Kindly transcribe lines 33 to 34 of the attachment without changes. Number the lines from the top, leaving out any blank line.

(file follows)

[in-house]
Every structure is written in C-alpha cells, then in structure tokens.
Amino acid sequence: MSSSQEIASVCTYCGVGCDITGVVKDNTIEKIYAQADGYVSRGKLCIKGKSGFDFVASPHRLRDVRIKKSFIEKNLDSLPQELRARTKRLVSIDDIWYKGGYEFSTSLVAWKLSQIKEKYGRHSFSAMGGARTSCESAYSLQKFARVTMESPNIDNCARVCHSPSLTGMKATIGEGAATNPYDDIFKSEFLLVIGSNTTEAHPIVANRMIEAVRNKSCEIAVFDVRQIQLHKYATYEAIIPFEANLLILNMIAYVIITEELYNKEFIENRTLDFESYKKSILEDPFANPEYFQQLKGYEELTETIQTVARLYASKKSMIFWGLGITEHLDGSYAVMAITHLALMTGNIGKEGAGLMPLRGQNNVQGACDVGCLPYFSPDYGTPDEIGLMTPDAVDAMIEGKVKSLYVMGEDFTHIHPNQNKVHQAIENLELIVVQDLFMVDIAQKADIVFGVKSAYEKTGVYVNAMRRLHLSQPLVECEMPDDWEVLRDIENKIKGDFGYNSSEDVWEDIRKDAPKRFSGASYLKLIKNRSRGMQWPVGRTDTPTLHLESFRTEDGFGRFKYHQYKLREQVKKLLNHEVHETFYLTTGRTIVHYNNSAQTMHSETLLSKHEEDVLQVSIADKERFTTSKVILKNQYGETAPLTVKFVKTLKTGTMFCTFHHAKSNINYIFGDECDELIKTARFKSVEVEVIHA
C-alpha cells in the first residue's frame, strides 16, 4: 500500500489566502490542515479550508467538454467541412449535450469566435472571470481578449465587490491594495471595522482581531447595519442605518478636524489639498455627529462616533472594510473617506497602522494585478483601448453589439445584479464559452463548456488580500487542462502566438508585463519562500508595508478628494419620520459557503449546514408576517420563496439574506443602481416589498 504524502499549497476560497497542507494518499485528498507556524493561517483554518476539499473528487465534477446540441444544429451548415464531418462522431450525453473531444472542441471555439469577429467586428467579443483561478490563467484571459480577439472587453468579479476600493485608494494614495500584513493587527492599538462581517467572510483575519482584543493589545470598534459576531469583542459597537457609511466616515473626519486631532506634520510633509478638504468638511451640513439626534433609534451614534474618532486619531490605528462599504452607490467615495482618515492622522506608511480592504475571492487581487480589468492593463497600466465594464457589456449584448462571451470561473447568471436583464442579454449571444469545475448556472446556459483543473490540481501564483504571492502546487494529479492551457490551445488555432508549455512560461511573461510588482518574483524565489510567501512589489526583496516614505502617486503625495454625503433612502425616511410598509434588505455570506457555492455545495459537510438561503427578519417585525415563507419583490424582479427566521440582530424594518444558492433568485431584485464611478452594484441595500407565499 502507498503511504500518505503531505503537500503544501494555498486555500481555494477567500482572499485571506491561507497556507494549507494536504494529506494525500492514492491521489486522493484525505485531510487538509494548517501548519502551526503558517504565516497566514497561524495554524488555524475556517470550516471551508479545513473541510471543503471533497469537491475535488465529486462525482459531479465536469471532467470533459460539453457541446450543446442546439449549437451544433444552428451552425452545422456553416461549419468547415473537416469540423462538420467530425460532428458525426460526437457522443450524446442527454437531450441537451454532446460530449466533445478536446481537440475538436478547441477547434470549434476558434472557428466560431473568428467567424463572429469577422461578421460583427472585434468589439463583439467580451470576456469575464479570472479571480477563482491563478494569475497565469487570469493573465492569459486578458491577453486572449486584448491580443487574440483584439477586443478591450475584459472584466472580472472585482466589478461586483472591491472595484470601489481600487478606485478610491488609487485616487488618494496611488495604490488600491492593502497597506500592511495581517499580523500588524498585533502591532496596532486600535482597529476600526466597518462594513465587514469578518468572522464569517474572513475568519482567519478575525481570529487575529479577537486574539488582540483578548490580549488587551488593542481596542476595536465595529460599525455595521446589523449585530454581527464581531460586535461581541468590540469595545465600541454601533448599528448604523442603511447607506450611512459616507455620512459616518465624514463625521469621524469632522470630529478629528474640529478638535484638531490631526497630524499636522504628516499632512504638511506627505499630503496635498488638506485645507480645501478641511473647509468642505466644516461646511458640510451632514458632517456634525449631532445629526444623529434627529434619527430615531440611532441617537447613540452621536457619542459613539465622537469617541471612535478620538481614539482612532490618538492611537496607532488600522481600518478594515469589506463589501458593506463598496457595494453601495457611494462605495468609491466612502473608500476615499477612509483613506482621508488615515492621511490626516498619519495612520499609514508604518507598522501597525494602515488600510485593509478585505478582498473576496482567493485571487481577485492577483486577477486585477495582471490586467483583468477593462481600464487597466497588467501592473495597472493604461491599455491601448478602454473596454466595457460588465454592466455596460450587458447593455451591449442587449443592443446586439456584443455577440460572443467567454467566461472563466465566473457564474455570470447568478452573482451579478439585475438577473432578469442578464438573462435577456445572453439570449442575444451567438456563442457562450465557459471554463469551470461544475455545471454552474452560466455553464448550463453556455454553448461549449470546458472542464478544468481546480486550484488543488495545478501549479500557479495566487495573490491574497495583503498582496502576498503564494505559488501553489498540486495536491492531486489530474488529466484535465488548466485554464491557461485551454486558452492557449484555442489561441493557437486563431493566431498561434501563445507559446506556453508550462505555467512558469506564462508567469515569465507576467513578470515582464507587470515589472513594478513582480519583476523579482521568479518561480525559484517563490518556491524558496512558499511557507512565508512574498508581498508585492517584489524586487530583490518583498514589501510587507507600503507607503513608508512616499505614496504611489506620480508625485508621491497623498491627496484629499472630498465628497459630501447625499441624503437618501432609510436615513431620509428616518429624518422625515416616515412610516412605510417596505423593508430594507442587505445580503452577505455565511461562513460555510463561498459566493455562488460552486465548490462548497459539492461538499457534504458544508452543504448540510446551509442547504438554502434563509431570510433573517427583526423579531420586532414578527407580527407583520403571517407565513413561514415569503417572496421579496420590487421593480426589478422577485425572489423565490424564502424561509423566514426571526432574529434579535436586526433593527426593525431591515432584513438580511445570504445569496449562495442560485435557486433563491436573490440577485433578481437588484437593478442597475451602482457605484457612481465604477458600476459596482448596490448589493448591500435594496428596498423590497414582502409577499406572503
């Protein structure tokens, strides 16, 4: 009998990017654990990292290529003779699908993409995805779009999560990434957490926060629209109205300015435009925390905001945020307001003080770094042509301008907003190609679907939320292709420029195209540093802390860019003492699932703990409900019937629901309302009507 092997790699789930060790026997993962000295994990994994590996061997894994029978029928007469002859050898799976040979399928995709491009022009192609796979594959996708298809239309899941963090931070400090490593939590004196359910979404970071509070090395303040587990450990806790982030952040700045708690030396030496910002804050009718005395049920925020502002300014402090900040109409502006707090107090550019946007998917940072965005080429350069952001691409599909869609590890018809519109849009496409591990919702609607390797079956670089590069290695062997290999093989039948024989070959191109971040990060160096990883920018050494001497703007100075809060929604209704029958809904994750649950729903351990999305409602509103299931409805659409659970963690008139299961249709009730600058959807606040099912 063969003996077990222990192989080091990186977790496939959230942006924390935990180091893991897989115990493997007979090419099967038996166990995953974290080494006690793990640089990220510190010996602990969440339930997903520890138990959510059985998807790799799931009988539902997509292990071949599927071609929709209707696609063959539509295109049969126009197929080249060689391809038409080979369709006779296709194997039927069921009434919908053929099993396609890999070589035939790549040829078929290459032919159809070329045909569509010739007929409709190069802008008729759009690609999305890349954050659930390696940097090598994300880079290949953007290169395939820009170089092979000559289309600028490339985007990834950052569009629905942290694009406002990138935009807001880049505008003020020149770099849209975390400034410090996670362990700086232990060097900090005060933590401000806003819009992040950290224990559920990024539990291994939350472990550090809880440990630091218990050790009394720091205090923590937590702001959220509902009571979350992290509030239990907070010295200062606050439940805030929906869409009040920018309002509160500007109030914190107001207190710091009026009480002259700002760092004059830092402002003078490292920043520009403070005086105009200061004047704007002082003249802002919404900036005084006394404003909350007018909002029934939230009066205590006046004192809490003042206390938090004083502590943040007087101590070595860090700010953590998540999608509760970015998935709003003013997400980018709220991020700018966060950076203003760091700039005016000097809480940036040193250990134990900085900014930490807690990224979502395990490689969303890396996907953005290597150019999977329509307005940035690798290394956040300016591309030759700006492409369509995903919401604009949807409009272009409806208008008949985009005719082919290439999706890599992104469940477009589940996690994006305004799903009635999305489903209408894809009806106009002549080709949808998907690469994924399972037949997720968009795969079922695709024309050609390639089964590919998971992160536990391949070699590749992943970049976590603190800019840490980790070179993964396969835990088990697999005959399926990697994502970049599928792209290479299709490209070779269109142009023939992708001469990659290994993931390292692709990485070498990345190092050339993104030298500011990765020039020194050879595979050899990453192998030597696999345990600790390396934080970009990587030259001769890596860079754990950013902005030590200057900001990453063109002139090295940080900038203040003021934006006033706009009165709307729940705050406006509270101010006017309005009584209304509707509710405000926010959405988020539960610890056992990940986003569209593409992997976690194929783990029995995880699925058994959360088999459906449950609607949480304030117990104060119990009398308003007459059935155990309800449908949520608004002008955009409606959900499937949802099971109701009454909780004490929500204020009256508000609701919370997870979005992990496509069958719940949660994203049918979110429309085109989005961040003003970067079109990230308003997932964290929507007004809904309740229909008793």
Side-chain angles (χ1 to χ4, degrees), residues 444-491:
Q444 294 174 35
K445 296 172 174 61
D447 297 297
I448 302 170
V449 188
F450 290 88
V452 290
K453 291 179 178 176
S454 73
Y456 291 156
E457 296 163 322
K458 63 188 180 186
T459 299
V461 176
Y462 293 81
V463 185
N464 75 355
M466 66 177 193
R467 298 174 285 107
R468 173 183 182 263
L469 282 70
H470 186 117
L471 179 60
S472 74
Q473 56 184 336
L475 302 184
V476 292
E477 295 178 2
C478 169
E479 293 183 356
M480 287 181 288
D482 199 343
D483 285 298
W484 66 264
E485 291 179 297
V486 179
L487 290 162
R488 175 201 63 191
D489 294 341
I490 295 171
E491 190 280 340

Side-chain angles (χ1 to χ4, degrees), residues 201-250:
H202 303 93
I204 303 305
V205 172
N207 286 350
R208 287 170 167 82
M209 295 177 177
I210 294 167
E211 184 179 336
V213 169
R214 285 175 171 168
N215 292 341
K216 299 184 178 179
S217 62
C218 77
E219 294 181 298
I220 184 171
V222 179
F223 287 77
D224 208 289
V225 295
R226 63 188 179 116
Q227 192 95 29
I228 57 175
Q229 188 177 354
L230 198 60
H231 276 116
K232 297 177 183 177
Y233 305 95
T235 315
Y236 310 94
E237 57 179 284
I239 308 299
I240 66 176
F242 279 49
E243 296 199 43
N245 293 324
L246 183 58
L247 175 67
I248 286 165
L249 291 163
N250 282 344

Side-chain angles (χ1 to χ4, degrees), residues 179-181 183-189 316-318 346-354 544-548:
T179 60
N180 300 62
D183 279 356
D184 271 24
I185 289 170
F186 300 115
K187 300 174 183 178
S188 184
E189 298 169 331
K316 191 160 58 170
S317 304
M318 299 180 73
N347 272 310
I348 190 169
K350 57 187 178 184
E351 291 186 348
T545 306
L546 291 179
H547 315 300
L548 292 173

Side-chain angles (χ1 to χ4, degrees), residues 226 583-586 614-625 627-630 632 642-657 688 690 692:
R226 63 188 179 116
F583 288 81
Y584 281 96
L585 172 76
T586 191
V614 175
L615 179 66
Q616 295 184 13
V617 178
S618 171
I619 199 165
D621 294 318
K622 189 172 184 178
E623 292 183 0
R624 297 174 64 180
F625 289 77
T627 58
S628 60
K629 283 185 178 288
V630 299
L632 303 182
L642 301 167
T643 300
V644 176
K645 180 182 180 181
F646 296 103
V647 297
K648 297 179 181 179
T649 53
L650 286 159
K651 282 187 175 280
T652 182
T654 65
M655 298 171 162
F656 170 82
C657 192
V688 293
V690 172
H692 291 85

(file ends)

V476 292
E477 295 178 2